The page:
Tuesday 28 September 2021 11:20 am

City watchdog puts social media firms ‘on notice’ to bolster consumer protections

The City watchdog has put social media companies “on notice” to strengthen their consumer protections or face penalties.

Speaking at the Financial Conduct Authority’s (FCA) annual public meeting today, Mark Steward, the regulator’s executive director of enforcement and market oversight, said: “All of them [social media firms] need to change their processes or procedures otherwise we will have to take action.”

“We are putting them on notice that we expect them to be involved in the process of protecting the community,” Steward added.

The warning comes as social media firms have been slammed by the FCA for a lack of oversight of posts promoting cryptocurrency assets and other high risk investments. 

Charles Randell, the regulator’s chair, has said younger consumers were making cryptocurrency investments to avoid “missing out” despite having little understanding of the risks involved.

Kim Kardashian recently sent out a paid post promoting a newly created cryptocurrency token called Ethereum Max to her more than 250m followers on Instagram.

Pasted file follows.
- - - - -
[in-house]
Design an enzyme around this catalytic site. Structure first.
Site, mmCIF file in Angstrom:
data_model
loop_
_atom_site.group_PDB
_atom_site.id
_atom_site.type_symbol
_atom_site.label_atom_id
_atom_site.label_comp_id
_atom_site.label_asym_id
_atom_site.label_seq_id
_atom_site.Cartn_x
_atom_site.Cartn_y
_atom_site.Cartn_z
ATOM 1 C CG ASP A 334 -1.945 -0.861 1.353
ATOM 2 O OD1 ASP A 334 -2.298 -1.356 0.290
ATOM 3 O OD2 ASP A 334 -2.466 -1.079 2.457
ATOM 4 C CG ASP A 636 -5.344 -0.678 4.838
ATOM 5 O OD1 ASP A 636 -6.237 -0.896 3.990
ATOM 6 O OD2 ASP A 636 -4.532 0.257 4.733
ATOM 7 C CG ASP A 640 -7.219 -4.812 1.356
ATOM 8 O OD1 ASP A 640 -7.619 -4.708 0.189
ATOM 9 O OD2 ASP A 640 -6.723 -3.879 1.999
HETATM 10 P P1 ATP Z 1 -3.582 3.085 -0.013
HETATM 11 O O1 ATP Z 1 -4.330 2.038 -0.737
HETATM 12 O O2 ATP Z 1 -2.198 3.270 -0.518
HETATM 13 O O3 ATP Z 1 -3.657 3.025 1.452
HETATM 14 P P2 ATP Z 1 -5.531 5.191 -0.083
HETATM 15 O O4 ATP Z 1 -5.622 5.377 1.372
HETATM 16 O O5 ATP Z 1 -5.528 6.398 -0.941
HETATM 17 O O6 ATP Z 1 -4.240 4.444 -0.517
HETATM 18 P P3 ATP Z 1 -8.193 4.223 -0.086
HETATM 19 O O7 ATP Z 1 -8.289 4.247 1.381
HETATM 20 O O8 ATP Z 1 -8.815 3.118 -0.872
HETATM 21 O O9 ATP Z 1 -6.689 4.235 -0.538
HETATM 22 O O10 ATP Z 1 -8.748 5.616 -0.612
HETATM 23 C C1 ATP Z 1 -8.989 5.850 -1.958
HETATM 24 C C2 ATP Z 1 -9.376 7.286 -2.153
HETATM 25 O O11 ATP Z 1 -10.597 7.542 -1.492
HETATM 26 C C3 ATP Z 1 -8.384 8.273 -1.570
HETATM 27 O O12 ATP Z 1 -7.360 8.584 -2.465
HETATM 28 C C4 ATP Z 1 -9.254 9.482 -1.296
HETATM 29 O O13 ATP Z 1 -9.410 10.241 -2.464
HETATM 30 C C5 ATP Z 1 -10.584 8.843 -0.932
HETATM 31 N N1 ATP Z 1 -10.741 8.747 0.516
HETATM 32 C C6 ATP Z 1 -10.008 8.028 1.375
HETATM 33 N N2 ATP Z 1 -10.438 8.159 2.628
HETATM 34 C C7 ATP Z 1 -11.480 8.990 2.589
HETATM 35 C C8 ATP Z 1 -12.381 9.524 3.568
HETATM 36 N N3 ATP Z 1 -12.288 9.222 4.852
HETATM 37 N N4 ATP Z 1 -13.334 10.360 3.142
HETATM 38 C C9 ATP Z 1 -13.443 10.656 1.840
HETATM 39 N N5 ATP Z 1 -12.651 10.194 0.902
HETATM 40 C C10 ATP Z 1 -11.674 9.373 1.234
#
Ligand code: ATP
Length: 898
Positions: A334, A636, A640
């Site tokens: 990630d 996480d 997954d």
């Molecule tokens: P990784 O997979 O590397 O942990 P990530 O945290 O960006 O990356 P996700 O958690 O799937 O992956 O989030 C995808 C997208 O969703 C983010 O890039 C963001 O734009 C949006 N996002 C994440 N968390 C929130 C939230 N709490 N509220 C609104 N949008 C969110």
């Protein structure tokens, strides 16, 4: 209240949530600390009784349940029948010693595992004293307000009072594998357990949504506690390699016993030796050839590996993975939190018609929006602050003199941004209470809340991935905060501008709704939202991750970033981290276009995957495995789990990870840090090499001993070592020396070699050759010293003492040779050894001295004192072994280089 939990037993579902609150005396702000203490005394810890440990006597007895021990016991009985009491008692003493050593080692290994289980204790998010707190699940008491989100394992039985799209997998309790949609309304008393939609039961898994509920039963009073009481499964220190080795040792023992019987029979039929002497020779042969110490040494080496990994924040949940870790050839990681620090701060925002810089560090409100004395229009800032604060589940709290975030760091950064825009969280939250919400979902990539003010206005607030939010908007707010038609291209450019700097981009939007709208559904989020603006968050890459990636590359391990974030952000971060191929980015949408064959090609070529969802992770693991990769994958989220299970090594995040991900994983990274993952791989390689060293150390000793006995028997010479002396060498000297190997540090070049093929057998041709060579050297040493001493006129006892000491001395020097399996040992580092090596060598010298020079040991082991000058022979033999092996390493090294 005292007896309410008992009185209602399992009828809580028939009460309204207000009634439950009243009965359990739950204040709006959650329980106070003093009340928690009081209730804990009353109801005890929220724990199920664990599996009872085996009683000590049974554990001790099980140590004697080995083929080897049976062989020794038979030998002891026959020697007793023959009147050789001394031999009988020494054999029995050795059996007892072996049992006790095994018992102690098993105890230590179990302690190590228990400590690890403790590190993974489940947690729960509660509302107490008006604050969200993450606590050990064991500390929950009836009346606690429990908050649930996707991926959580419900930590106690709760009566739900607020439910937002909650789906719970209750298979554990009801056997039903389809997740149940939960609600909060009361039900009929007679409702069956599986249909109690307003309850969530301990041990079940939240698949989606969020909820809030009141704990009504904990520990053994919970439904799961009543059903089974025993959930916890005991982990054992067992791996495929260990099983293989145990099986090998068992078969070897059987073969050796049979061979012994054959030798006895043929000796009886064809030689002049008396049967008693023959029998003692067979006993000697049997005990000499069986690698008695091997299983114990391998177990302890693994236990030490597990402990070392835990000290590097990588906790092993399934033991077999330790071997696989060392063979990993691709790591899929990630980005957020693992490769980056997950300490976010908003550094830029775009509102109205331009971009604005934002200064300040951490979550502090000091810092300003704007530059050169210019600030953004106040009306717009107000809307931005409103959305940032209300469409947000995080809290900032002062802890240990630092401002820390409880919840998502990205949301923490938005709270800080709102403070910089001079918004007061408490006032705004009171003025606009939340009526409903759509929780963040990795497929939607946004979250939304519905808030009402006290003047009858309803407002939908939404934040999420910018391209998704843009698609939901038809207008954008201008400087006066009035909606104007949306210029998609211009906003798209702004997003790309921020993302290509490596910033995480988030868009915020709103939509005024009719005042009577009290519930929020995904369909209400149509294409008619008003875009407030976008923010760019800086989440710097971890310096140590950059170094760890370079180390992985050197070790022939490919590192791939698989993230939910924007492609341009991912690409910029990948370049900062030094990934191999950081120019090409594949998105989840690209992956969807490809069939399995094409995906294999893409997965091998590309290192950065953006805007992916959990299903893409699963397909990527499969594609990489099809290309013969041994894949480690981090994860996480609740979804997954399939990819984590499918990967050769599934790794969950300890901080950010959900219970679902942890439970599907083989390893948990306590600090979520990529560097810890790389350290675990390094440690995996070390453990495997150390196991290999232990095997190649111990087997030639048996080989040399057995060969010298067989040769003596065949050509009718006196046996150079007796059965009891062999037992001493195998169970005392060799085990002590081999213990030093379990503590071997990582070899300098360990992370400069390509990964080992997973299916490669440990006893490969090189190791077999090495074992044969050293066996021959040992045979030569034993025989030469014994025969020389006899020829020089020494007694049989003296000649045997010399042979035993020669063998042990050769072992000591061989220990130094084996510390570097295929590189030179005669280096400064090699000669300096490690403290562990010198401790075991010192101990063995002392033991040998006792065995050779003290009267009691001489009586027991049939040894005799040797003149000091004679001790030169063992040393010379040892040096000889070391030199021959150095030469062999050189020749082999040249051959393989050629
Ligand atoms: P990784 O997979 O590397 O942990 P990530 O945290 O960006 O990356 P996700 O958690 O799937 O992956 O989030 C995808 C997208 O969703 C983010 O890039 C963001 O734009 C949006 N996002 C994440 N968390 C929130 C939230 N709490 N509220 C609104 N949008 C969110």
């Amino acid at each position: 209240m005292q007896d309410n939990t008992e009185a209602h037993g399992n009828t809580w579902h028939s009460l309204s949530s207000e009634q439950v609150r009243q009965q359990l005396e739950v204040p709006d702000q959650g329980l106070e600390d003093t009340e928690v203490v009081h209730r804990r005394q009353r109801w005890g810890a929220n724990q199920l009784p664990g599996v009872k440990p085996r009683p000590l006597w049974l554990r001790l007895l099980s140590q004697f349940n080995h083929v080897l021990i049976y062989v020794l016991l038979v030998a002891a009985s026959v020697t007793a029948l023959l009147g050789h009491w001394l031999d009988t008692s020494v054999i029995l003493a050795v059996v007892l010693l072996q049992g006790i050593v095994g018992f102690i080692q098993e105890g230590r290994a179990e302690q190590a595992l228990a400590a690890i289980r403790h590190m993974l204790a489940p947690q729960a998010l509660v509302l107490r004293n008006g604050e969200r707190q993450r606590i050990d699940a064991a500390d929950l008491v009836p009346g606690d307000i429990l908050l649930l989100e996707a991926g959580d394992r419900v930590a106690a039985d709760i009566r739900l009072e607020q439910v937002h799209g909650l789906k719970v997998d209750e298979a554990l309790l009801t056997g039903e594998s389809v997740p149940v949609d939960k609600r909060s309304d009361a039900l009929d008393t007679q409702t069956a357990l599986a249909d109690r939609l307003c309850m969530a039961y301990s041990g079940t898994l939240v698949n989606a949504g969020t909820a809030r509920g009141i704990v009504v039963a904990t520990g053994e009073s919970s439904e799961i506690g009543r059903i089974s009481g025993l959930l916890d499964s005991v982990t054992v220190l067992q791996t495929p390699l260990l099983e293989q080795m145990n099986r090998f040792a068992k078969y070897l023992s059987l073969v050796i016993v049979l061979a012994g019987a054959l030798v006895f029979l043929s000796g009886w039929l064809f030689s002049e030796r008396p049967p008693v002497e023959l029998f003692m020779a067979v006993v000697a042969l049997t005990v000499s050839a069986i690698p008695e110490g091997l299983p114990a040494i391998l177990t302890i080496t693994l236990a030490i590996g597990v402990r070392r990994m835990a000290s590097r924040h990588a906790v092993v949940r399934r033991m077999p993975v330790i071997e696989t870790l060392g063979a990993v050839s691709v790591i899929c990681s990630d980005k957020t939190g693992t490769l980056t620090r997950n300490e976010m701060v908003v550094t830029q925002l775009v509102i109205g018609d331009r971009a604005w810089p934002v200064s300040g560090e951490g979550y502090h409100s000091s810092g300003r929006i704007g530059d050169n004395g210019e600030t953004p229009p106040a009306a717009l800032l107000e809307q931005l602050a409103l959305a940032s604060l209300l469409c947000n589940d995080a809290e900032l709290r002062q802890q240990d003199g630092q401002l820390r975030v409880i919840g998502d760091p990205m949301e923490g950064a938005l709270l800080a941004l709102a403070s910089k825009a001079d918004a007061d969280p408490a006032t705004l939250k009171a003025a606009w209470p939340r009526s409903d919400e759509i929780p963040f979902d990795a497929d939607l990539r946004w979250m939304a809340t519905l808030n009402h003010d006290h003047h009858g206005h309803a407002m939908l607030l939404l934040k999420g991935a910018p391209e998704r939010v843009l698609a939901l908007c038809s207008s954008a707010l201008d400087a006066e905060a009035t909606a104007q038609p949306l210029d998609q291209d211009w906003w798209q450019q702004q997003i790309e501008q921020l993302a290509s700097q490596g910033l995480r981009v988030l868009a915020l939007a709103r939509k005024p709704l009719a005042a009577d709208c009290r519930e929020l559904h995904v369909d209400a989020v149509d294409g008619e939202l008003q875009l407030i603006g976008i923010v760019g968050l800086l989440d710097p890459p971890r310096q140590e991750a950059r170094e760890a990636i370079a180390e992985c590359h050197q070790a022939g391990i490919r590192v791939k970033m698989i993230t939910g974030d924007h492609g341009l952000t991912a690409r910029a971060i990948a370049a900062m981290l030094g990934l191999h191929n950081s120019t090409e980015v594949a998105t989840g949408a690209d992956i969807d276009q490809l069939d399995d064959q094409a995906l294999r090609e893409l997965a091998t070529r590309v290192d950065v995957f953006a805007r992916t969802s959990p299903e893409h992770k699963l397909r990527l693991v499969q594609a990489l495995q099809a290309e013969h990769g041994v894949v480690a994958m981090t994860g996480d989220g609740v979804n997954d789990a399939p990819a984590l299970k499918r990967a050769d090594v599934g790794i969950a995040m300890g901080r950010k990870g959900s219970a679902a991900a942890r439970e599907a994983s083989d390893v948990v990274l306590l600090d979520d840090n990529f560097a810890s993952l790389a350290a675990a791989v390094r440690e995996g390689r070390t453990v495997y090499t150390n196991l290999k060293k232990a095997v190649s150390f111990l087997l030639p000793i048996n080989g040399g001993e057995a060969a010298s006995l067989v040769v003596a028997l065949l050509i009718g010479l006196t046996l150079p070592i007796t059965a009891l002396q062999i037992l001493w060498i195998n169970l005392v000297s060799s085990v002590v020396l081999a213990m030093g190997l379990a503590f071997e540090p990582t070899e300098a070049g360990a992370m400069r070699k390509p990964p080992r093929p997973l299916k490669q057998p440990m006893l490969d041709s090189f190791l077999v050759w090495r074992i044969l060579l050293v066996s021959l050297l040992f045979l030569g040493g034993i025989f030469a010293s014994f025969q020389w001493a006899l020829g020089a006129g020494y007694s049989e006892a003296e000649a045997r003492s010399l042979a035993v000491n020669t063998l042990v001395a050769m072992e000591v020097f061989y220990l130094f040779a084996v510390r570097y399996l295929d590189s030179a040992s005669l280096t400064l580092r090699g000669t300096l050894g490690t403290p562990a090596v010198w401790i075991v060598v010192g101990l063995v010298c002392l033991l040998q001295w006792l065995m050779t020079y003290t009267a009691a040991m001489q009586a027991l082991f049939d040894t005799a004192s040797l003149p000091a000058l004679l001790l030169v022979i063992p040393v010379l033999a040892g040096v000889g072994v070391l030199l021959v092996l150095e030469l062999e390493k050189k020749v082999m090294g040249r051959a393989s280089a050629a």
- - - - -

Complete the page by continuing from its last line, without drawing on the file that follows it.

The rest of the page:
Social media firms must do more to stop advertising “dodgy financial promotions” that fuel a surge in fraud, Steward added.

Speaking at the meeting, Nikhil Rathi, chief executive of the FCA, stressed building up people’s financial literacy, particularly younger Brits, is crucial to ensure they limit losses from high risk investments such as cryptocurrency.

A large proportion of consumers are turning to social media to source financial advice. Research by Skipton Building Society shows over 18m Brits trust financial advice shared on social media. 

12 per cent of people think the crypto assets are regulated by the FCA. However, they these assets largely sit outside the FCA’s regulatory framework.

“We are concerned about… [whether] people understand the risks” involved in holding crypto assets, Sarah Pritchard, executive director of markets, said.

The FCA also apologised for its failings in handling the damage caused by the collapse of mini-bond trader, London Capital and Finance.